Booker extends the reach of the 2020 campaign to black men in the south

COLUMBIA: Democratic presidential candidate Cory Booker He focused Monday on extending his campaign reach to black men, organizing a round table in South Carolina with approximately three dozen black male voters, some of whom said they had been overlooked amid a focus on electoral power of black women.

One by one, the men gathered at the headquarters of Booker's presidential campaign in South Carolina thanked him for highlighting his concerns. The New Jersey senator, one of the two black men seeking the Democratic presidential nomination, said he was mainly there to listen. The men expressed concern about access to investment capital, preventing children from being trapped in the criminal justice system and helping black farmers.

`` We have the power to get you elected, '' one of the men, Allen Love, told Booker. `` There is no reason we shouldn't vote for Cory Booker for president. ''

Black support is crucial to the success of the candidates in South Carolina, which celebrates the first southern primaries next year. Black women, in particular, have long been considered the most consistent in supporting the Democratic Party, but Booker said that does not mean that the problems of black men are not important either.

Of the black women, Booker said: `` As for the data, they are the highest percentage of voters in the entire Democratic Party, '' and added: `` But friends, I also need your support. ''

Questioned after Monday's event, Booker said he would continue to focus on black voters in general and that he could gain his support, given his experience living and working in minority communities such as the former mayor of Newark, New Jersey.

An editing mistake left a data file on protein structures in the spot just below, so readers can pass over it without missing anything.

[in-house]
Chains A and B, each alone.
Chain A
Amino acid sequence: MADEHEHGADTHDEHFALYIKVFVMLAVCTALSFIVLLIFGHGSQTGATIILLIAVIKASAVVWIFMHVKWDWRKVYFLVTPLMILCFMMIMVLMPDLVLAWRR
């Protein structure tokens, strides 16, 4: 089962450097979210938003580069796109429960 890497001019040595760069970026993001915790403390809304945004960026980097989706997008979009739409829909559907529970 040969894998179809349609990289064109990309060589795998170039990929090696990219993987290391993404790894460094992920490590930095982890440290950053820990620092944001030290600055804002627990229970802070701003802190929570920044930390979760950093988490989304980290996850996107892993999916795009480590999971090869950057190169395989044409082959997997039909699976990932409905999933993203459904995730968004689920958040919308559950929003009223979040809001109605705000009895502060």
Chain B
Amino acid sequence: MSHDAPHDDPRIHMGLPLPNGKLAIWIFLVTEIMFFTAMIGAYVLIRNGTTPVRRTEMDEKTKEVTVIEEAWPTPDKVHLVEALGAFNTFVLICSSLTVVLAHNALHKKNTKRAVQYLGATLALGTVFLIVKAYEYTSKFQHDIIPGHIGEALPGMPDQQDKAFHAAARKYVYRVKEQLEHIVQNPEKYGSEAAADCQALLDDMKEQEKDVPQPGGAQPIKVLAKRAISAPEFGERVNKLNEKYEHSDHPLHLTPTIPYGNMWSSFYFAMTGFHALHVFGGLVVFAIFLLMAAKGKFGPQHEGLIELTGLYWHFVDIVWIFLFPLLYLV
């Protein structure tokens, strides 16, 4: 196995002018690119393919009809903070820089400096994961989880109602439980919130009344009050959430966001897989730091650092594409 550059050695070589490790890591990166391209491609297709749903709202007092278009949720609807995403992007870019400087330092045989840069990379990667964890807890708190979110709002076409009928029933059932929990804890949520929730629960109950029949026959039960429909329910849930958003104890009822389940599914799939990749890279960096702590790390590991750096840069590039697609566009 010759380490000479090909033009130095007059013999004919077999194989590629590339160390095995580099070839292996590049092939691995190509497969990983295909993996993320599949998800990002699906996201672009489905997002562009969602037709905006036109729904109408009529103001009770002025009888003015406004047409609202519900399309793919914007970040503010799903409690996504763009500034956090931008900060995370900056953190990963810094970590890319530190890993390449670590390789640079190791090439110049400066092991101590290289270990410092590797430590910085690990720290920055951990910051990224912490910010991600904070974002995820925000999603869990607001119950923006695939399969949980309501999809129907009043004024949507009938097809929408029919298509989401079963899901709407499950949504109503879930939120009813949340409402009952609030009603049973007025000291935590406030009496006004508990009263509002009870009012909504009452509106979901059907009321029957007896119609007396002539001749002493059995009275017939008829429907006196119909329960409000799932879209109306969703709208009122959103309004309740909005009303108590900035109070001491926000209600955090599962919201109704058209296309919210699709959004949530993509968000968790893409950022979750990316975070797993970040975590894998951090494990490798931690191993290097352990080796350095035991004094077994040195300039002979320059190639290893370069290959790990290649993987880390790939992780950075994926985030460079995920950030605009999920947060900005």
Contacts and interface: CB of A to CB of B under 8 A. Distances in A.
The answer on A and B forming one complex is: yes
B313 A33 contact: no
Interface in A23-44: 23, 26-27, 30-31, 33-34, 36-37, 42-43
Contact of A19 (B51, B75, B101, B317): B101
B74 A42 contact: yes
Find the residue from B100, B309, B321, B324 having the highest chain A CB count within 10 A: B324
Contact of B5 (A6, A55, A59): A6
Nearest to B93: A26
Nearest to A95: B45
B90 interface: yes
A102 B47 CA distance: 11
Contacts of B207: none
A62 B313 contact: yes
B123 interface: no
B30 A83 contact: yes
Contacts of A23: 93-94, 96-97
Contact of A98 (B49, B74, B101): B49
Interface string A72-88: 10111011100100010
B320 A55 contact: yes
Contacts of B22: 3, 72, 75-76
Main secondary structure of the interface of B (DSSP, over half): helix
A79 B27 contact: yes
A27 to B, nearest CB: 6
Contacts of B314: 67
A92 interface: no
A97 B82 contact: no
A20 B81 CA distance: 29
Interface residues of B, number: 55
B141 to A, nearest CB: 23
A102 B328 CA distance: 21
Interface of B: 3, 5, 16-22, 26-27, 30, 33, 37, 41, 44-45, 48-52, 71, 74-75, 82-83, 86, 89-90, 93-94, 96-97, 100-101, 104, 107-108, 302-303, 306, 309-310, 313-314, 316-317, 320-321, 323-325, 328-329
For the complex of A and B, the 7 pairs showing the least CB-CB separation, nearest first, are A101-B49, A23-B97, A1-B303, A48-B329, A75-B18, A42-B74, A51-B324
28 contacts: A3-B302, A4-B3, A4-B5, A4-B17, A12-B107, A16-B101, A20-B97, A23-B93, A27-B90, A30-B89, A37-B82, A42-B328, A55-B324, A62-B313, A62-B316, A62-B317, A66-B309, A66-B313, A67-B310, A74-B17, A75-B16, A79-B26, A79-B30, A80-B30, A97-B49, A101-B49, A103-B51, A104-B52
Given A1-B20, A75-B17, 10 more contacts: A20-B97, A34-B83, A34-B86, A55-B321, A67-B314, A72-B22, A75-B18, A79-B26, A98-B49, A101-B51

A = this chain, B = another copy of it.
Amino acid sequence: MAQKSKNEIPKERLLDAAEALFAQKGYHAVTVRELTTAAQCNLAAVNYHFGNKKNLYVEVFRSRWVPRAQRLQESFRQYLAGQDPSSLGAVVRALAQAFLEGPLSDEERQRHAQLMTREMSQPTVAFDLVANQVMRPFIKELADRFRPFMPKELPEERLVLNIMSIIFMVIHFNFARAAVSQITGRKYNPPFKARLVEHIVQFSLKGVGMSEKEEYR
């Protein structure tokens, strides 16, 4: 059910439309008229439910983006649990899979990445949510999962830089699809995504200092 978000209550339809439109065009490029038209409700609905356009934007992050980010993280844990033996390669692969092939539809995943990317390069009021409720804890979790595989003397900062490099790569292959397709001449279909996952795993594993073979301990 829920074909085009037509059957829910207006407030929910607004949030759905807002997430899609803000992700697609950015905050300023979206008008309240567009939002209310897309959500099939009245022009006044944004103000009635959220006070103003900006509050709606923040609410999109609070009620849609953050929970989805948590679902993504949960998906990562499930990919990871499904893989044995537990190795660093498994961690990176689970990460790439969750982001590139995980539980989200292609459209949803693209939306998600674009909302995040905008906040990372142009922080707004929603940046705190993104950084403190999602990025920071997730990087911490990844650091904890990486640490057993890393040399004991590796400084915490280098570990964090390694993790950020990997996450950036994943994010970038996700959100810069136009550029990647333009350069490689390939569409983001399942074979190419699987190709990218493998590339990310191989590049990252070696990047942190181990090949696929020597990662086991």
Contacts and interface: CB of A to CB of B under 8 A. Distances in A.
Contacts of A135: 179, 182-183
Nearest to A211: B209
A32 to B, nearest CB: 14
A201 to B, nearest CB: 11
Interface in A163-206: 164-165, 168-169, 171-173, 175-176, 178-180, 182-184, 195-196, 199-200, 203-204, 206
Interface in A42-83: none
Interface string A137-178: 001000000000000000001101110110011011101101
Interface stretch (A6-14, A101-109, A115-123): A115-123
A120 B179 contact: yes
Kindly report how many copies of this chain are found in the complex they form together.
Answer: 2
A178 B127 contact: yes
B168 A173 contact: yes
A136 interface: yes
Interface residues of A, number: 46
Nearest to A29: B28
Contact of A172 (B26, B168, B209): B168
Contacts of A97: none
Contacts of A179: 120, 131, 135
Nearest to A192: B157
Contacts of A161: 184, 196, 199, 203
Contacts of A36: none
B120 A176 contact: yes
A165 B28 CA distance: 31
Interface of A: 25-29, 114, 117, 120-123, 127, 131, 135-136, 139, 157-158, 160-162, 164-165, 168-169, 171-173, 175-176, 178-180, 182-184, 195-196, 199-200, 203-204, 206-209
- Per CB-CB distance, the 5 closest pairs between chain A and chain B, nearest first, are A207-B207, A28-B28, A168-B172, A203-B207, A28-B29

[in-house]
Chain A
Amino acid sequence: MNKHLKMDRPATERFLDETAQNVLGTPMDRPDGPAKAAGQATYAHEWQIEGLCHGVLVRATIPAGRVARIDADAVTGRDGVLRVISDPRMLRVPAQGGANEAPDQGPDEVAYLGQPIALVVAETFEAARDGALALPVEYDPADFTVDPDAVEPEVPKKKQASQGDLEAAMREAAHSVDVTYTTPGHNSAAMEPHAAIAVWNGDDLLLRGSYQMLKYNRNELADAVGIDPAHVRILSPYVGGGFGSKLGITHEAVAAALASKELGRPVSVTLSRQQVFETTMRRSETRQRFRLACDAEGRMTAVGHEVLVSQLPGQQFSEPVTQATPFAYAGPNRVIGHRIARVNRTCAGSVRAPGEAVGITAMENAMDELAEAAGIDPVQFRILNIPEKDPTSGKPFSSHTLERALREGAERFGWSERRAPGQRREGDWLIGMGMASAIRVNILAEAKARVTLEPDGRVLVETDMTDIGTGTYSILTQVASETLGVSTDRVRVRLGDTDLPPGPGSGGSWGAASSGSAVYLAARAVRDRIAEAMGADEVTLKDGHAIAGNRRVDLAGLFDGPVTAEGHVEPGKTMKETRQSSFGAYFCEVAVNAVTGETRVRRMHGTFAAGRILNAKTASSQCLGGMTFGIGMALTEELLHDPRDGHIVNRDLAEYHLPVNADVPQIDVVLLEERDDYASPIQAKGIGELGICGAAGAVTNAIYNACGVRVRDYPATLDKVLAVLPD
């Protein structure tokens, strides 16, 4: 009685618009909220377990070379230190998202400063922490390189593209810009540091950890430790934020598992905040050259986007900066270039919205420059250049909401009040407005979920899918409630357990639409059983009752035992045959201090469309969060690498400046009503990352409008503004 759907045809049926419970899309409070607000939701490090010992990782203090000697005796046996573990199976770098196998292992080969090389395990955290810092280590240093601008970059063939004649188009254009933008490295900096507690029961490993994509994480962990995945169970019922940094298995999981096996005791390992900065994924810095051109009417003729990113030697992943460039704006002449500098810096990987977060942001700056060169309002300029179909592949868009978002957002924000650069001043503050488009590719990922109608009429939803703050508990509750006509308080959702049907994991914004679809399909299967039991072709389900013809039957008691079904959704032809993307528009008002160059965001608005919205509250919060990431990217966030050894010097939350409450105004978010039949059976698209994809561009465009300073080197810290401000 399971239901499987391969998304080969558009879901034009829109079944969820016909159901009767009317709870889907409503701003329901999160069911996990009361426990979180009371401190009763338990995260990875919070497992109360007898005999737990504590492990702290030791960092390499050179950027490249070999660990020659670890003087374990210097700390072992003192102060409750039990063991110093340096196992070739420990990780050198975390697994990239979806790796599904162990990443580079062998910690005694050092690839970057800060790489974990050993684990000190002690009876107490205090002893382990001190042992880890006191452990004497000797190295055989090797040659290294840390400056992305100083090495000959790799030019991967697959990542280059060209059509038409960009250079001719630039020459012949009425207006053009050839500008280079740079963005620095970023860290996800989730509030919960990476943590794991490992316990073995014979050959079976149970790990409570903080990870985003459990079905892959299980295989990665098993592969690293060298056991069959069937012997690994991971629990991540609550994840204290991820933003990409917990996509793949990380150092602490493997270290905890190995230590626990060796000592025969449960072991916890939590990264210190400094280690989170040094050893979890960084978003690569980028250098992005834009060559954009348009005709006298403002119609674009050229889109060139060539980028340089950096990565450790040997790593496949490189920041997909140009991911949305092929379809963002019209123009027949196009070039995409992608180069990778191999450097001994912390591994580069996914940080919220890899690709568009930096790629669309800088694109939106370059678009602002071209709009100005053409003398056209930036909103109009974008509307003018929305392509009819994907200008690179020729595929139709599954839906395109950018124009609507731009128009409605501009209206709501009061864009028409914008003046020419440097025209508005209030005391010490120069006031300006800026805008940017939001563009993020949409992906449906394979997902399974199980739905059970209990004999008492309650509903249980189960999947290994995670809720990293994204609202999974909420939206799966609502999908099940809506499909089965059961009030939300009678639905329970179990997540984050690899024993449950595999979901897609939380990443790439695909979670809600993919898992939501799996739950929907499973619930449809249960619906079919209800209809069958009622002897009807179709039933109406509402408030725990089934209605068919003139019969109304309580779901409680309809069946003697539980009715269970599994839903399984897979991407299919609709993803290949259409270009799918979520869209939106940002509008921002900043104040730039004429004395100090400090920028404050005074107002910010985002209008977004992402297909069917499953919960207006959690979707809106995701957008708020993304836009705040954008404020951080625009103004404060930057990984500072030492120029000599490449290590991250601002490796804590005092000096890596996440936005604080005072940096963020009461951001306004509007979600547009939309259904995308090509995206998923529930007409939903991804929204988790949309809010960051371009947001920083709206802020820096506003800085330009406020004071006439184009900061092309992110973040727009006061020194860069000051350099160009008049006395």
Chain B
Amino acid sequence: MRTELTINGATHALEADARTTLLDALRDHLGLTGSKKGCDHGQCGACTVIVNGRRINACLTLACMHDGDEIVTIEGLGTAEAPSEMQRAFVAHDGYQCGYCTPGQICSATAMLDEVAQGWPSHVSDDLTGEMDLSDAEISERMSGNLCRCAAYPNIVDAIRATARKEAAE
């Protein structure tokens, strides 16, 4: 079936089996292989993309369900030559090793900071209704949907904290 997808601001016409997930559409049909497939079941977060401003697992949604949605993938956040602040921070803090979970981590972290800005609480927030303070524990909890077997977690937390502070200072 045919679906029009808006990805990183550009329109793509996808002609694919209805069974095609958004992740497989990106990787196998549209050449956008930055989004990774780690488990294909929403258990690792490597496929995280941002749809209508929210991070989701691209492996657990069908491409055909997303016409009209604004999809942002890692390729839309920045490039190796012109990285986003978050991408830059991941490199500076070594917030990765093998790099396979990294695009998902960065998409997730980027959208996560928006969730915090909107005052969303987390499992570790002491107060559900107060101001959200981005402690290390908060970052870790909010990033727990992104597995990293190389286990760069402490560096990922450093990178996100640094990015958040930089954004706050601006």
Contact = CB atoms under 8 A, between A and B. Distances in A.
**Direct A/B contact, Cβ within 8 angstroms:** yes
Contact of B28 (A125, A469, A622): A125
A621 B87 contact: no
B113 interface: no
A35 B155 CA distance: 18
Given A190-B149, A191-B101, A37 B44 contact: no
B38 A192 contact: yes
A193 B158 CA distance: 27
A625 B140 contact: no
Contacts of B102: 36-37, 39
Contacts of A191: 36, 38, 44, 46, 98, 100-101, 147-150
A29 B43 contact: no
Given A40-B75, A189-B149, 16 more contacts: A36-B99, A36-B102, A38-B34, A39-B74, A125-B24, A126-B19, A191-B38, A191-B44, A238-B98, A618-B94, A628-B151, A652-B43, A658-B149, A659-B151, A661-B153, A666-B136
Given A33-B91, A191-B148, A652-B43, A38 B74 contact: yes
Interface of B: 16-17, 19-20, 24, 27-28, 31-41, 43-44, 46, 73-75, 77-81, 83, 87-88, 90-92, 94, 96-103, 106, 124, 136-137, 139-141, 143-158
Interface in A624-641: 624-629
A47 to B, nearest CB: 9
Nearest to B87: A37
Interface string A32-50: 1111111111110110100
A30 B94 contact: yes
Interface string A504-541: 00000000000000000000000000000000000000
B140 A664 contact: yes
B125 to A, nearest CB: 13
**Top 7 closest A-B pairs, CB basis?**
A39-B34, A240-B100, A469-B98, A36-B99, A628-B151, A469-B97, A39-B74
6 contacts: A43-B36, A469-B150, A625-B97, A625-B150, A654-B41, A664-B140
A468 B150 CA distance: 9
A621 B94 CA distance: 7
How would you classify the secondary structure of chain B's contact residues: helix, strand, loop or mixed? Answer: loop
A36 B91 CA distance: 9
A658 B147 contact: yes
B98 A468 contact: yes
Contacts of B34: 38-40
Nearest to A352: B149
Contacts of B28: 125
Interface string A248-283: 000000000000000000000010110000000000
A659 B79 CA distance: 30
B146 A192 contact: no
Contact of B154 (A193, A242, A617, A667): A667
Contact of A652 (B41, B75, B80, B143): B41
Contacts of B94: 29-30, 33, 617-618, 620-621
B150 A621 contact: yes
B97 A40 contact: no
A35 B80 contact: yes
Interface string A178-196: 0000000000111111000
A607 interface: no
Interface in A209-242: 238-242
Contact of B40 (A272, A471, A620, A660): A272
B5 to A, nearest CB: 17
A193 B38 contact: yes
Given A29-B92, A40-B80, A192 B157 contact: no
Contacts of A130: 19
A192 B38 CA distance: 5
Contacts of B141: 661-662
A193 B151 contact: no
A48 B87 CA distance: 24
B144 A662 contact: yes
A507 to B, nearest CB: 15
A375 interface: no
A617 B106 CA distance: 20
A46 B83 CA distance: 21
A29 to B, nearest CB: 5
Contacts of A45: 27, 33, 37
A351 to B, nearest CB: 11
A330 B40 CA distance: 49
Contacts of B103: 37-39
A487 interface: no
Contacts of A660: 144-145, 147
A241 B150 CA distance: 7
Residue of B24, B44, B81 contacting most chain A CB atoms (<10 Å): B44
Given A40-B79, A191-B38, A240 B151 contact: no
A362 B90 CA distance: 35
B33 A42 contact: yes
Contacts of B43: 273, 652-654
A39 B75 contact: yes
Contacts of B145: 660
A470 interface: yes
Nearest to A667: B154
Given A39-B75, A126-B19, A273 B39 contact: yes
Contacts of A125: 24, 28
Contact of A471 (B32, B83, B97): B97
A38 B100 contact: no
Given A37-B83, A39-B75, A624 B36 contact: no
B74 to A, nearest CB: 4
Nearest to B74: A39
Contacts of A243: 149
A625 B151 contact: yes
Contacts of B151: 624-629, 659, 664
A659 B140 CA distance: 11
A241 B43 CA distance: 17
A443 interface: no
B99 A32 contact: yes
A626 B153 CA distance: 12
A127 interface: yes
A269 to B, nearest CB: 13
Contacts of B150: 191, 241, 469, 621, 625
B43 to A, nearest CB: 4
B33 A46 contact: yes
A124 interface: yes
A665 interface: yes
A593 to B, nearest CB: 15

`` We know that this is a lot of work to do, and we will continue what I have done in past elections, of being mayor of a majority black city, '' Booker said. `` I am very confident that we can authentically connect with African-American communities in this state. ... We have been talking about this from the beginning. ''

In the Democratic presidential debate last month, both Booker and California Senator Kamala Harris, a black woman, said the Democratic Party has sometimes fallen short of reach to black Americans, and Booker declared: `` Black voters are angry and worried. ''

One of the men at the round table on Monday thanked Booker for being `` the first to do it '' in having a conversation centered on black men, although at least one other candidate - Harris - has done so before. Harris also focused specifically on black men in South Carolina in October, going to a barber shop in Columbia to discuss black men issues. He returned last month for a round table on issues specifically related to black women.

Meanwhile, Booker won the support of nonpartisan Clark County Black Caucus on Monday, a group with 400 voting members based in Las Vegas. The group, which endorsed Bernie Sanders In 2016, he said that Booker `` has always been a voice for African Americans on the stage of the debate, on its policy platform and in the media '' and understands the root causes of inequalities.

Antjuan Seawright, a Democratic strategist in South Carolina, said such approaches are especially key in this state, where the Democratic primary is strongly African-American.

`` It becomes an inch game, and the commitment of this key constituency could be the only thing that separates the winners from the losers in a contested primary, '' he said.

Seawright said that part of the explanation for less support from black men could be attributed to high rates of incarceration among black men, as well as to voting restrictions after incarceration.

`` When I think about what the criminal justice system has done for African-American men, and the fact that there are so many of us locked up and so many of us who have criminal record problems that prevent us from being able to vote, I think that does the difference, '' said Seawright. `` Black men are disabled when it comes to voter suppression tactics and laws. ''

Booker, who closed Monday's event by presenting his presentation documentation for the South Carolina primary, said he was grateful for the conversation and wished he could erase his agenda to stay longer.

`` This is a gift, '' he said.

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